The Federal Reserve Board and the Treasury were worried anent the prospect of a depression, which could have a ripple effect through Europe, just as had the Depression following the crash of 1929, resulting from the decreased value of Government bonds and the high interest rates now charged to business. The tight money policy of the Treasury was of equal concern, having been brought about by the new Secretary George Humphrey, a move generally favored at the beginning of the Administration to provide some deflation. He had ended the policy under the Democrats of short-term Government borrowing at low interest rates, with Secretary Humphrey raising the interest rate on long-term Government loans from 2 ¾ to 3 ¼ percent. The immediate effect of that action had been a decrease in bond values and an increase in interest rates throughout the business world. Corporations set to finance new plants or improvements changed their minds, as borrowing had become too expensive. The consequent deflation at a time when there was a serious cut to the defense budget and curtailment of Government spending generally, had caused inventories to accumulate and danger signals to occur in the business world.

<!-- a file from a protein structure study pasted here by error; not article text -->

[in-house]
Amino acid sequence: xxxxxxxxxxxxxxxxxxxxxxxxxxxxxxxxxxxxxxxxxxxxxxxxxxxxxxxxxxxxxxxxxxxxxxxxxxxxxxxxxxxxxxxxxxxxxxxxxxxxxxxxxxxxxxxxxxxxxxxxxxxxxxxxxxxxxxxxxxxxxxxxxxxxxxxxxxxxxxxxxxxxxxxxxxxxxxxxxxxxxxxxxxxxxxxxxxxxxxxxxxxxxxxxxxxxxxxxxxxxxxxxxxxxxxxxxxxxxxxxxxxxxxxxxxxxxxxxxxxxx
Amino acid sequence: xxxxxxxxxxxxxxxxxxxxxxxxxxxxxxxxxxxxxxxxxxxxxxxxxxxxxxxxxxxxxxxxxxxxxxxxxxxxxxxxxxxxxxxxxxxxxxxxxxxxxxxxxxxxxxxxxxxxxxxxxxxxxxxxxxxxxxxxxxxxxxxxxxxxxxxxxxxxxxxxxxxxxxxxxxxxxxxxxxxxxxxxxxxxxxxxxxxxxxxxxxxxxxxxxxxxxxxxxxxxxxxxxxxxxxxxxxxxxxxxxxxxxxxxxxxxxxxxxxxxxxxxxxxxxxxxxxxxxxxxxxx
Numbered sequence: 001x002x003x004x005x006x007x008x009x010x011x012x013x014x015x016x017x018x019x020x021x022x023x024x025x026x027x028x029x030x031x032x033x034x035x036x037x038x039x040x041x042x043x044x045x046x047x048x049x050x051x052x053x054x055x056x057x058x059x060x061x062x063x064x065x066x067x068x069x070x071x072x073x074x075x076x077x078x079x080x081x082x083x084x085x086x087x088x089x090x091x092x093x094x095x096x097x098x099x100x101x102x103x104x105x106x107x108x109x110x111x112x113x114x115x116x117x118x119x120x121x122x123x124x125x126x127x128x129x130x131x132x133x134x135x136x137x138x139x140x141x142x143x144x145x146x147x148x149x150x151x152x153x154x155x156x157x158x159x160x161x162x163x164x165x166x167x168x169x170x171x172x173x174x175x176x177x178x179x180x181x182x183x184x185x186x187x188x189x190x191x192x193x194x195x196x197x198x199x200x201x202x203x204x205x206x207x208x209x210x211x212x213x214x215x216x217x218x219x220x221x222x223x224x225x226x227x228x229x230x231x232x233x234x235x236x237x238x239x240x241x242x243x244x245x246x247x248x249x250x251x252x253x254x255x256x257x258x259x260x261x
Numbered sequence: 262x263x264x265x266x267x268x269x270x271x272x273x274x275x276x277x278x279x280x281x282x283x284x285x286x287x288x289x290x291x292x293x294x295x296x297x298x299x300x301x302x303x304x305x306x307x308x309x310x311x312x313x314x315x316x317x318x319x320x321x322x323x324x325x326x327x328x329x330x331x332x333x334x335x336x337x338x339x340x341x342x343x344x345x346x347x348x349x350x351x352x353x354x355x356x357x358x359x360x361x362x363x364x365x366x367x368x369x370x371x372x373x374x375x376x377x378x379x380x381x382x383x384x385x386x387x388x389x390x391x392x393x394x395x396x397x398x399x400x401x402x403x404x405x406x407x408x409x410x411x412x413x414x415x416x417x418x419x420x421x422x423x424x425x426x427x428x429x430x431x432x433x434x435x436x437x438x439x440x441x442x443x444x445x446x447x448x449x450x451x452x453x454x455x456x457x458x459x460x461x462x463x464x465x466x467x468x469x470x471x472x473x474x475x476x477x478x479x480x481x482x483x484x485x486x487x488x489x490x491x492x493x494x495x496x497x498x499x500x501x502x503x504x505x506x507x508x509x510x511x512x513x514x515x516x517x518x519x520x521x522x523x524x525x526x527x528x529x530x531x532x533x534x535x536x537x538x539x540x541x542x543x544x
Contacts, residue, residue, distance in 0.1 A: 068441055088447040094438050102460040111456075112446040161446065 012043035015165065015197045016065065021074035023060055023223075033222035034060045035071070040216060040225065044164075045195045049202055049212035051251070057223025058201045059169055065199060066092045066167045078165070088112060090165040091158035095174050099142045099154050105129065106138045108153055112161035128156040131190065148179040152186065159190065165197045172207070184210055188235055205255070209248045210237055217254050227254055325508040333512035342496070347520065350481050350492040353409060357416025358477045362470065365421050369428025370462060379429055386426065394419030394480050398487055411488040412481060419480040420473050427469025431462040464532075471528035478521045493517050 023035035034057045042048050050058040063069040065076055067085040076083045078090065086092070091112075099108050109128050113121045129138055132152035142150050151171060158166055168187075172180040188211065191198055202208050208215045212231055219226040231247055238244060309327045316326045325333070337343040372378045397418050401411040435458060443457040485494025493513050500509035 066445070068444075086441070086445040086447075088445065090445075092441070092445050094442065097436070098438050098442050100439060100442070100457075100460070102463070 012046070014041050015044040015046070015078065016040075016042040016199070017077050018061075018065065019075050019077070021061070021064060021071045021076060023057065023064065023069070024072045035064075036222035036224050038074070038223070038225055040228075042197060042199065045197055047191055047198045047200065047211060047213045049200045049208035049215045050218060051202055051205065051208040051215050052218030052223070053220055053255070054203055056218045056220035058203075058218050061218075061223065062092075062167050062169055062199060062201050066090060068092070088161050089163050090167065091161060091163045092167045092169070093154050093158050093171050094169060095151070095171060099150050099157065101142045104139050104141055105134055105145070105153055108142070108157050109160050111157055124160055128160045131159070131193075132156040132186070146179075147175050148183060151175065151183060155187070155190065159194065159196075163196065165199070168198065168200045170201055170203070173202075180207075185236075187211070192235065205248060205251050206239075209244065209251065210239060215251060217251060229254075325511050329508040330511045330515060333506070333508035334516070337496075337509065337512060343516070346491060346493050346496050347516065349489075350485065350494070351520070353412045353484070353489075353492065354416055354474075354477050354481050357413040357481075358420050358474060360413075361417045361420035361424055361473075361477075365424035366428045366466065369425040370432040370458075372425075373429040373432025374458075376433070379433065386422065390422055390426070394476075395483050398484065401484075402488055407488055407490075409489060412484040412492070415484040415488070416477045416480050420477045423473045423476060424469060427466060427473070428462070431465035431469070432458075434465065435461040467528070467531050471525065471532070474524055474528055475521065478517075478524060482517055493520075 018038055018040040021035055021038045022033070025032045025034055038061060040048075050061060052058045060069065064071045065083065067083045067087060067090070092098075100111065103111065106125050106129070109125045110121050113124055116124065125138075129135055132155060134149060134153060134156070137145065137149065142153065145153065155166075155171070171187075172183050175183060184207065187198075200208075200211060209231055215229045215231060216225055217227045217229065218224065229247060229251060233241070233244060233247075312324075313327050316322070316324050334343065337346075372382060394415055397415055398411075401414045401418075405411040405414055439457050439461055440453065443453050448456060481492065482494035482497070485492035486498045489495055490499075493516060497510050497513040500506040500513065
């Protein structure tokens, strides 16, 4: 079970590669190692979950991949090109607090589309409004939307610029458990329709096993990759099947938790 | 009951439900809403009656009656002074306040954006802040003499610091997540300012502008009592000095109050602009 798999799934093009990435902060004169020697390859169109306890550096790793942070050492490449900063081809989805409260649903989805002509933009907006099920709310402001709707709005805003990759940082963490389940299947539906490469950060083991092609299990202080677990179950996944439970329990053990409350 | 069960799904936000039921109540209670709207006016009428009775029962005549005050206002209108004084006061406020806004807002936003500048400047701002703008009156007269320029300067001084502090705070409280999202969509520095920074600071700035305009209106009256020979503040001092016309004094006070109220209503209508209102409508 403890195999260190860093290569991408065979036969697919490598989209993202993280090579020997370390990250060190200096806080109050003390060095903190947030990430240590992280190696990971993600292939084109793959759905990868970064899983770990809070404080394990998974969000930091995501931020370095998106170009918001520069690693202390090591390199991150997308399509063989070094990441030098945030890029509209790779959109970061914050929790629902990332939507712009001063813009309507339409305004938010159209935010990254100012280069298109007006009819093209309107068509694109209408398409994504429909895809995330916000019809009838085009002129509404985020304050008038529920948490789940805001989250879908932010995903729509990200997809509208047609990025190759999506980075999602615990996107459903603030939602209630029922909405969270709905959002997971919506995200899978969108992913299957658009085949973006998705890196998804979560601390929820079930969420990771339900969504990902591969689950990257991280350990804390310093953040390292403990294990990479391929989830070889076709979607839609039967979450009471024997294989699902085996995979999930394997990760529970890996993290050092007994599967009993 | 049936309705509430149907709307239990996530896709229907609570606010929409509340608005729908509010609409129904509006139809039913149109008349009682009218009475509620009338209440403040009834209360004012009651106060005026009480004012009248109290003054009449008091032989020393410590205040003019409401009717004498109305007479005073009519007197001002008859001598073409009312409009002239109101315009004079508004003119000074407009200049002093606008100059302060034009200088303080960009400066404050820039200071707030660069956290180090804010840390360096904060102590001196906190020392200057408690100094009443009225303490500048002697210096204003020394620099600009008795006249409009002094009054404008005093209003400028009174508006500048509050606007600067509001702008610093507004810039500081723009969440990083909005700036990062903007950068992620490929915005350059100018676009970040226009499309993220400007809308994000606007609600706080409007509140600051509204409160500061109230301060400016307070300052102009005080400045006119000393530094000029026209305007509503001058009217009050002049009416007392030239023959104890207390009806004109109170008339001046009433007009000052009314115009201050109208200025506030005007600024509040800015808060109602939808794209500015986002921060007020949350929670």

Marquis Childs indicates that the Republican leadership in Congress was increasingly throwing overboard parts of the Eisenhower program, such that matters would eventually reach the irreducible minimum of the appropriations bills necessary to run the Government. The statehood bill for Hawaii was the latest measure to be abandoned, despite Republicans being the dominant party in that Territory. At the same time, the Senate leadership was considering taking up the Bricker amendment to the Constitution, to limit the treaty-making power of the President by making executive agreements subject to the ratification requirement, a move strongly opposed by the Eisenhower Administration.
One of the reasons for this phenomenon was the loss of the firm leadership of Senator Taft, who had backed away from his daily floor leadership role to tend to his health. The handicap on the President's attempt to steer a constructive course in foreign policy was illustrated by the proposal of the Administration to admit 240,000 immigrants over and above the regular quotas, the proposal having been sent to Congress two months earlier, in the hope of influencing the recent Italian elections and encouraging those seeking freedom living behind the Iron Curtain to defect to the West. The bill, however, remained bottled up in a Senate Judiciary subcommittee, formerly chaired by Democratic Senator Pat McCarran of Nevada, who, along with Senators Herman Welker of Idaho and John Butler of Maryland, both Republicans, had blocked the bill.